Having a mother who went to the Culinary Institute of America and a father who is Italian, you could say I’m a massive foodie. Food is what brings our family together, and one of my favorite activities to do with friends and loved ones is going out to eat. When I heard Hulu was coming out with its newest show, “The Next Thing You Can Eat,” I jumped right on it.
I went into the show not knowing much, but I can safely say it wasn’t what I was expecting. I thought it would be about different cuisines and yummy things one could eat (hence the title), but I was pleasantly surprised when the host, David Chang, delved into the business side of the restaurant industry. The first episode, “Delivery: Rise of the Machines” discussed how COVID-19 impacted the food industry and everyone and their mother was ordering delivery. Chang and his team take known foodie topics, such as delivery, breakfast or burgers, and put an informative, current spin on it.
I don’t know about you, but when I get takeout I rarely want to go pick it up. Now imagine yourself living in New York City where almost every restaurant is either on GrubHub, Uber Eats, DoorDash, Postmates or any of the other millions of food delivery apps. You, while on your couch and in your pajamas, can choose from numerous options and then proceed to wait for a bag with your food to be delivered to your door. Pretty amazing when you dissect it, right? Well, here’s the thing that Chang sheds light: very few food delivery apps are profitable. In fact, in the first episode, an Uber Eats employee admitted they aren’t even breaking even.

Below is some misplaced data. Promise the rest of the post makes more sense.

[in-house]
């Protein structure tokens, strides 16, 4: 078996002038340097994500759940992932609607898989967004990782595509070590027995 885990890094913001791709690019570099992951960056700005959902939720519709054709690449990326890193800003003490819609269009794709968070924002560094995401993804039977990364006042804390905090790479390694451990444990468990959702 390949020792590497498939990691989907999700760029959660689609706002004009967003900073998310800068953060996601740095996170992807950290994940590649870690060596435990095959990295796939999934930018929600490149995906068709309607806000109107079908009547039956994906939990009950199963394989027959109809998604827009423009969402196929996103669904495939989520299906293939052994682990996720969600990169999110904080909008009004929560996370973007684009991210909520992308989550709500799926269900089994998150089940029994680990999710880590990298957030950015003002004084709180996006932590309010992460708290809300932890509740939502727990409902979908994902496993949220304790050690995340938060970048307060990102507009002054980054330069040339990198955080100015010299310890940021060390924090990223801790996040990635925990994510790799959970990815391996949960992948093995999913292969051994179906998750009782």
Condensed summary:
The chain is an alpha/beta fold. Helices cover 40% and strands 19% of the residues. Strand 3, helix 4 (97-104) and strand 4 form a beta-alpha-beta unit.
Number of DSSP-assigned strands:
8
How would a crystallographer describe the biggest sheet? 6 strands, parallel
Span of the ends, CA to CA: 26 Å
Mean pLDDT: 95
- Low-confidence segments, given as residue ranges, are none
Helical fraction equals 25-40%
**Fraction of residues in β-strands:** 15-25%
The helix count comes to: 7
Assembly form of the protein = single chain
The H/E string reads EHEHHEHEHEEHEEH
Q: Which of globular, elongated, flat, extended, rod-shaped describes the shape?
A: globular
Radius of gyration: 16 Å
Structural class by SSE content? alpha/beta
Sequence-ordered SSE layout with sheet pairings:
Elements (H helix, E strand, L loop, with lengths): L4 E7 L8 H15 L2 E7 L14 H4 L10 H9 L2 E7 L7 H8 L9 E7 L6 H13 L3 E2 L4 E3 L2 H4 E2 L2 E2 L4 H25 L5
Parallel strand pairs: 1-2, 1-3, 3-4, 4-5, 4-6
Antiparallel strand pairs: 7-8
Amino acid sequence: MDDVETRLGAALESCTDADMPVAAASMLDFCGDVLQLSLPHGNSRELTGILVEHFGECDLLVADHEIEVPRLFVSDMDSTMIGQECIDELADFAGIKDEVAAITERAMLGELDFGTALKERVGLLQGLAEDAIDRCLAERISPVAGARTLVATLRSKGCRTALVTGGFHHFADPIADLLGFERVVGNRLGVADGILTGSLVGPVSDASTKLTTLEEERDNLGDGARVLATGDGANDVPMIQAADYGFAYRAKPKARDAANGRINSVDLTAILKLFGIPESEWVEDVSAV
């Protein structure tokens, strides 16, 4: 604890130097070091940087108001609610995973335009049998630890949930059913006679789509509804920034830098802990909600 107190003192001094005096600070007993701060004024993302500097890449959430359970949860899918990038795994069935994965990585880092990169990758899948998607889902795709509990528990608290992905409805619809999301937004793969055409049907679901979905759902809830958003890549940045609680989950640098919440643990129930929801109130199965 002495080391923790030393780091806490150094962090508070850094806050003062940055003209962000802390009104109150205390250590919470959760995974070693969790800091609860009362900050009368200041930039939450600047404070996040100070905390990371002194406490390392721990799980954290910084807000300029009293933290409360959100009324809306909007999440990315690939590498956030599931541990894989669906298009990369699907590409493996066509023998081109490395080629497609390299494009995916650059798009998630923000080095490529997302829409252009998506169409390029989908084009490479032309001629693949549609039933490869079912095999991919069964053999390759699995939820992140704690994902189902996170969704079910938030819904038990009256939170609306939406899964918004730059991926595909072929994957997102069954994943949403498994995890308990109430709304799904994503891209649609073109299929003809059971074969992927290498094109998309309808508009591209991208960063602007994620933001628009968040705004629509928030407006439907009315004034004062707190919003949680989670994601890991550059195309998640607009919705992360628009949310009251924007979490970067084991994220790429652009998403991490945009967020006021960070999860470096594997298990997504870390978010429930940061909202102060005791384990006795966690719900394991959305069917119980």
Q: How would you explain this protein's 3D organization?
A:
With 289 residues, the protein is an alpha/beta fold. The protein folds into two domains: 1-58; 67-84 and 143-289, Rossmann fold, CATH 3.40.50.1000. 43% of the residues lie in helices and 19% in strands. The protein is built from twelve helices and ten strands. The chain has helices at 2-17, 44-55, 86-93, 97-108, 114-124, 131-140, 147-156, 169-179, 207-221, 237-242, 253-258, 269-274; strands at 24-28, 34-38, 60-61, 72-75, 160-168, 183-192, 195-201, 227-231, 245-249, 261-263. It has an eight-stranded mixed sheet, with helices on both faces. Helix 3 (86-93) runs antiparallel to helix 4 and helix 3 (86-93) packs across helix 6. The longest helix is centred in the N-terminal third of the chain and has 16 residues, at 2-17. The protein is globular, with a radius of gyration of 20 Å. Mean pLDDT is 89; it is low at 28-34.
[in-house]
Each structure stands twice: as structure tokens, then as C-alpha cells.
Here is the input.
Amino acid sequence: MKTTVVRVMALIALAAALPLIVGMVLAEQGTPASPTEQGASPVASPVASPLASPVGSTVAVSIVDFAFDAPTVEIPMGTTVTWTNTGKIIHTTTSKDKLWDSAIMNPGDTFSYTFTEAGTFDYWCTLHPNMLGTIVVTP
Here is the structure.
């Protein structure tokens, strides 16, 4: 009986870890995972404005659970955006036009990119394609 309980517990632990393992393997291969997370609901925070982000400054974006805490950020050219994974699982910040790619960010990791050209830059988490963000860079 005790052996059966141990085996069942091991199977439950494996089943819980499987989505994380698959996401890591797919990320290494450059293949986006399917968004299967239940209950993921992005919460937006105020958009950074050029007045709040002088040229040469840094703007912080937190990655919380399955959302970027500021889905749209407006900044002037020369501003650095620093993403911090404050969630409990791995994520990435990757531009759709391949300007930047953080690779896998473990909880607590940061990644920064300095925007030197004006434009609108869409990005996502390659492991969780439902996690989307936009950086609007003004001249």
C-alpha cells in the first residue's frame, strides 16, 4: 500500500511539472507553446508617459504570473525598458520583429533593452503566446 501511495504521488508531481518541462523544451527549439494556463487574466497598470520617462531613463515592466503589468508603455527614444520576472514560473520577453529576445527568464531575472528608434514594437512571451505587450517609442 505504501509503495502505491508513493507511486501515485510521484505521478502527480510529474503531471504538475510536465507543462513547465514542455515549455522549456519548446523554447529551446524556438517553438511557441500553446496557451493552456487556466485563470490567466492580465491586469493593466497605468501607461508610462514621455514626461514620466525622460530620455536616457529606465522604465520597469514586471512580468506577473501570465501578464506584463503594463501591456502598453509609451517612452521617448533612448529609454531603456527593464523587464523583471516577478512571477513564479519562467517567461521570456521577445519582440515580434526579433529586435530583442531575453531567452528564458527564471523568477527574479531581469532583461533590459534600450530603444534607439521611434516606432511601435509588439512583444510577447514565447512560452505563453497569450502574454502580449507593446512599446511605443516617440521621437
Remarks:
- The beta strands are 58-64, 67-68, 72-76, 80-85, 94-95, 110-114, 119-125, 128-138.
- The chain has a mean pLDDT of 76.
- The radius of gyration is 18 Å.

I found it effective that Chang went to actual restaurants and explained his points of conversation by using real-world examples. In the first episode, he visits an establishment where instead of having an employee work the fryolator, it has a robotic hand. This machinery ensures all chicken nuggets are cooked to perfection while simultaneously placing other food where it needs to go. It was interesting and eye opening to see how fast technology is advancing in all sectors of life, including cuisine.
Overall, I really enjoyed “The Next Thing You Can Eat.” While it wasn’t what I expected, I was pleasantly surprised. It was an informative twist on the classic foodie show and taught me so many things I never knew. On top of that, I have a great appreciation for works of media that make a noticeable effort to discuss their topic in the connotation of relevant times. For example, when talking about delivery drivers, Chang and his crew touched upon the impacts of the coronavirus pandemic on the restaurant industry and how takeout was the only option for months on end. It was refreshing to see a show that didn’t swipe COVID-19 under the rug, but rather discussed its effects on society. If you love food and need something to watch, I definitely recommend checking out “The Next Thing You Can Eat” on Hulu.
Rating: 4 out of 5 stars